Day #34) July 16, 2011. St. Francis, KS to Yuma, CO: 68 miles in 5:27 hrs.
Woke at 3am this morning and hit the imaginary snooze alarm. I’d figured last night that since I was going to pick up an hour today by moving into the MST zone that I was in ok shape to snag an extra hour of sleep. Woke up like a robot at exactly 4am and was totally out of my element. I mean it felt as though I was late for work or something? What’s more, I had zero coffee – no “in the room” coffee maker and nothing open at 4am outside. So I was kind of out of sorts. And that’s about the time I started thinking of taking an off day, just going back to sleep and calling it a mulligan for today. It was like I had the angle on one shoulder tugging at me and the devil on the other shoulder tugging at me. The angle – “you must continue your journey my friend. You’ll be happy that you did.” The devil – “ahh take a day off. You deserve it. Go back to bed and just forget about it.” My conscience got the best of me….I got up, started packing and then attempted to eat breakfast. And the 3 muffins I’d bought last night for my breakfast this morning, I just about had to force one down my gullet. Just couldn’t eat. I did manage to snarf down a Delmonte chunched peaches in juice.
Got out the door at exactly 5:30 am after checking out TWC for the latest forecast. And again, riding in the dark. This morning was probably the coolest it’s been for nearly 3 weeks of riding. I mean I’d hit these little hollows in the road where I’d go through some cooler air. That felt just wonderful, amazing, invigorating! Made a right on Rt 27 N and the climbing began once again. Kansas…you’re just not going to let me leave you on my terms! Nope, my last stretch of road in Kansas was this series of “Whoop tee Do’s” over and over and over. And these were just funky to do in the dark. I couldn’t see what was coming up other than the fact that I just had to keep clicking up to easier gears. I’d top out roll over the crest a bit and then descend at like 30 mph in the dark into the next whoop tee. Just me, the crickets, and the whoop tees on into the dawn of the morning.
But you know what, I was ok with it. It’s just a pleasure and privilege to be able to do a ride such as I’m doing, and to start out in the dark and just ride in this endless, monstrous Great Plains, well that’s kind a once in a lifetime experience that I’ll always remember. It’s been so beyond cool that I just cannot bitch about doing more climbing. Actually it seemed appropriate that I left Kansas in such a manner. The dawn was just stellar, with the sun, this massive ball of red rising over my right shoulder, creating this kind of red glow all across the plains. Must have stopped like 4-5 times to take pictures and just soak it all in. I think in the 2 hours that I was riding on Rt 27 I was passed by like 5 vehicles. I just had the place to myself.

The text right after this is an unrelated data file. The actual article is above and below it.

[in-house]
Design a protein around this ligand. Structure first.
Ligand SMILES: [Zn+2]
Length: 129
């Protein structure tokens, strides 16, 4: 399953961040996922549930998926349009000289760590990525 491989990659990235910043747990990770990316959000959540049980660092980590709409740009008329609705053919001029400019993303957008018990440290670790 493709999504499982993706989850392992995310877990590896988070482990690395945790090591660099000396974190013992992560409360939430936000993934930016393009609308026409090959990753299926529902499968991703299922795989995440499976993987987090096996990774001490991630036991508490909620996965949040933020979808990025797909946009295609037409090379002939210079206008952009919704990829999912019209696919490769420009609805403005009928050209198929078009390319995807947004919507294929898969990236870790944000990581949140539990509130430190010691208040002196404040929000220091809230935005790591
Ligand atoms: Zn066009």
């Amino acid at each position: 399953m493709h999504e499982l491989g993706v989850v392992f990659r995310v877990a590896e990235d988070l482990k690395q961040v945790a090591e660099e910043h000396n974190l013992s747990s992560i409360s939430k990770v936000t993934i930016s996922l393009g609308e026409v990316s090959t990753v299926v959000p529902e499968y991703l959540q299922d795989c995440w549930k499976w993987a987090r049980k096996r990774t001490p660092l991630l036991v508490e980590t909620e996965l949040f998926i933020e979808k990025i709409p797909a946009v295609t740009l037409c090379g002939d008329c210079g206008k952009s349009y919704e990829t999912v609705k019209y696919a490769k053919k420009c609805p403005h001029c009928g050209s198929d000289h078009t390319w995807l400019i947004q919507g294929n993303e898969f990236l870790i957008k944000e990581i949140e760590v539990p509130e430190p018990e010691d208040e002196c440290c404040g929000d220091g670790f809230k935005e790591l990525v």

Did this banger of a descent and bingo bango I came to the “Welcome to Nebraska” sign. Funny, that I’m getting the opp to ride in three states in one day. And the Nebraska sign really drove that point home. I entered this little town, Haigler, NB, almost like the town that time forgot. It was a pretty disheveled, broken down, had much better days kind of place. I was through it in about 2 minutes and then onto this awesome piece of highway, Rt 34 W. It was smooth with this berm that was about a half lane wide. And really the terrain was the very same as I’d experienced in that final stretch of KS. Nothing new just cuz the state changed. Within 40 more min of riding…Boom…..I was in Colorado. I just kind of let out a whoop as I passed the welcome sign. Once in CO, Rt 34 remained a very nice stretch of road with a generous berm to ride.